Analysis: While legacy remains unresolved Patten can never be fully realised
THE row over comments made by Mary Lou McDonald over the appointment of a new chief constable, have created a distraction from the last week's revelations regarding disclosure of sensitive information.
Chief Inspector of Criminal Justice Brendan McGuigan will undertake a review into the methods the PSNI use to disclose information to the Police Ombudsman, after it was revealed documents were not handed over linked to around 30 loyalist murders.
Those murders, like many other stories of loss, have been compounded by a lack of justice and allegations of state collusion.
While some victims have mobilised themselves to pursue justice, many others suffer in silence, let down by the justice system and later a failed political process.
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What those outstanding legacy cases also do is contaminate modern policing.
When the Independent Commission on Policing for Northern Ireland was established in 1998 it was seen as a major step on the long road to peace.
Chris Patten created a unique document, that proposed methods of creating a future force that would serve with independence.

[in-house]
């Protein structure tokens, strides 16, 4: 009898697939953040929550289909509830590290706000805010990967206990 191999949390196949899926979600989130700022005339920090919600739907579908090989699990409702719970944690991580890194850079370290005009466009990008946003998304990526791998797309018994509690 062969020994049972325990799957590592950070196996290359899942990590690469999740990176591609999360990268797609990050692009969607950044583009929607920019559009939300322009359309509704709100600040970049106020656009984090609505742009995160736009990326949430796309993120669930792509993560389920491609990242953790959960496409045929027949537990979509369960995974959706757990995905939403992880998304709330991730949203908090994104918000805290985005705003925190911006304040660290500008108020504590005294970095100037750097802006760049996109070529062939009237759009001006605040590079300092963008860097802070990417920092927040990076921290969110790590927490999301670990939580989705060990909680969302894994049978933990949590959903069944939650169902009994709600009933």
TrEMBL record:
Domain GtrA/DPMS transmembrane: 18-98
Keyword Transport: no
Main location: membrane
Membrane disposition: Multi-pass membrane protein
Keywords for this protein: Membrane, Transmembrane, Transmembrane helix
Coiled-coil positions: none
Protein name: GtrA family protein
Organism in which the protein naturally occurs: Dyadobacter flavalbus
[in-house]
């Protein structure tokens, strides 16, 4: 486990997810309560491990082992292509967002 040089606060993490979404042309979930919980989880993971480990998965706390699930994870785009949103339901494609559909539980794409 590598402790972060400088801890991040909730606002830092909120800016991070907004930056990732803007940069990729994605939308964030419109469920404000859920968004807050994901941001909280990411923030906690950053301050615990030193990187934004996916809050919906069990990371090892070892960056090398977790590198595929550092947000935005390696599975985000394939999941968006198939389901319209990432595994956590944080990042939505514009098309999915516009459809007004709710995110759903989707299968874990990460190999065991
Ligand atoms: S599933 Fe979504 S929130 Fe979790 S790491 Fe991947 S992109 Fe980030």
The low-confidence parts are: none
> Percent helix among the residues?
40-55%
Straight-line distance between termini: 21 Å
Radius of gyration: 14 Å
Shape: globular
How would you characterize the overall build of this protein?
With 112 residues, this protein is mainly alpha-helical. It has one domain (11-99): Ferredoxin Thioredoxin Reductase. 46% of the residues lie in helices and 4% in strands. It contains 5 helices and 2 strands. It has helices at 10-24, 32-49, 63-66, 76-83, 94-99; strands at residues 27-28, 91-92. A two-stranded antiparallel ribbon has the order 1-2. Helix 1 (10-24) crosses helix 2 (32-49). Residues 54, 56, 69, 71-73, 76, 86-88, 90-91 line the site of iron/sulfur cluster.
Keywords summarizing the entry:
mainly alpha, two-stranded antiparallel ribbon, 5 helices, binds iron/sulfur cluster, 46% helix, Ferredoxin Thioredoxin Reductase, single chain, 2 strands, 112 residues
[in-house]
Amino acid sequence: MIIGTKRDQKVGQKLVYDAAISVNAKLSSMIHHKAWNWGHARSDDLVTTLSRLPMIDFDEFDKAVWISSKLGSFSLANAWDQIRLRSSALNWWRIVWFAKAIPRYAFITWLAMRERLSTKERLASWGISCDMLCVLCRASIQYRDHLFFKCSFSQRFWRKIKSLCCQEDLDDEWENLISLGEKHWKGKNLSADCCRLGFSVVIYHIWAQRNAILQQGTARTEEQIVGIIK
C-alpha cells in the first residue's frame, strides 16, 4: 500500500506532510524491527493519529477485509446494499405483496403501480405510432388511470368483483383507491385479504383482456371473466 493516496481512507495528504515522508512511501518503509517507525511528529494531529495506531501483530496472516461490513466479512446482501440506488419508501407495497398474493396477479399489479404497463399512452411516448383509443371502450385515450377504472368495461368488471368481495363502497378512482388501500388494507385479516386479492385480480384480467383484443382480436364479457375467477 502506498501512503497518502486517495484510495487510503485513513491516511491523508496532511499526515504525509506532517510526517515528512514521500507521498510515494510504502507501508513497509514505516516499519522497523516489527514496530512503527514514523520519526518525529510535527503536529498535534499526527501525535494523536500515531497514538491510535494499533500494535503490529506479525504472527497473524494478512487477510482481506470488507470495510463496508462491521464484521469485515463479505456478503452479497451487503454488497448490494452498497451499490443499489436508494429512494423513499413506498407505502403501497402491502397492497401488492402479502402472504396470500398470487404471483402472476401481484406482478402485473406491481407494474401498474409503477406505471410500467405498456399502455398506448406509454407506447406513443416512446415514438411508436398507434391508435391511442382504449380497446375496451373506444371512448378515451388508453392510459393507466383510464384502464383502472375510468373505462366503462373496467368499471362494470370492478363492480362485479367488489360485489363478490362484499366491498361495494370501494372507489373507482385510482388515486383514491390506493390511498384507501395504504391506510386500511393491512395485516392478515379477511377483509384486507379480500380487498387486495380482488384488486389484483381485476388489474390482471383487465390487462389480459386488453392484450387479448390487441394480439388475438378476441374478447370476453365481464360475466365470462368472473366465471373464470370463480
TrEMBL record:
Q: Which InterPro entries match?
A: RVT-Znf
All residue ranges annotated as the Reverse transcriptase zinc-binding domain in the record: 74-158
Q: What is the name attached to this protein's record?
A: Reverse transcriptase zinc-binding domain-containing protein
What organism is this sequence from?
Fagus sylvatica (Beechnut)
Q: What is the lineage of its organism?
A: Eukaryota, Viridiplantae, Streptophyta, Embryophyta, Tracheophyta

Who would have thought that more than 20 years later those reforms would be incomplete, that Patten's vision would not be fully realised?
The 50/50 recruitment process to address religious imbalance did not work in practice, the ongoing dissident threat and targetting of senior Catholic officers, such as Peadar Heffron and Ronan Kerr, deterred many young nationalists from a career in policing.
The failure to implement effective legacy mechanisms, leaving both the PSNI and the Police Ombudsman to deal with the enormous backlog of unsolved cases, has done nothing to help with the performance or public perception of either office.
When the Sinn Féin president said she could not identify someone from the current senior team who she believed should take over when George Hamilton retires in June, she was reflecting the views of the party's northern voter base.
The reality of the situation is that until the past can be separated and dealt with independently from the PSNI - and therefore those with connections to the RUC - policing will never fully transform.
Policing both past and present, while retaining the confidence of both communities and none, is an impossible task.
Looming Brexit uncertainty presents an entirely new challenge to an already under-resourced force.
Whoever takes the top policing job will face the biggest challenge of any chief constable since the end of the Troubles.
It doesn't matter where the new candidate comes from, whether from within the PSNI, or the ranks of An Garda Siochana, or from a UK force, it doesn't matter how qualified they are, how determined they are to police fairly and implement culture change.
It doesn't matter because while legacy remains unresolved policing can never progress and Patten can never be fully realised.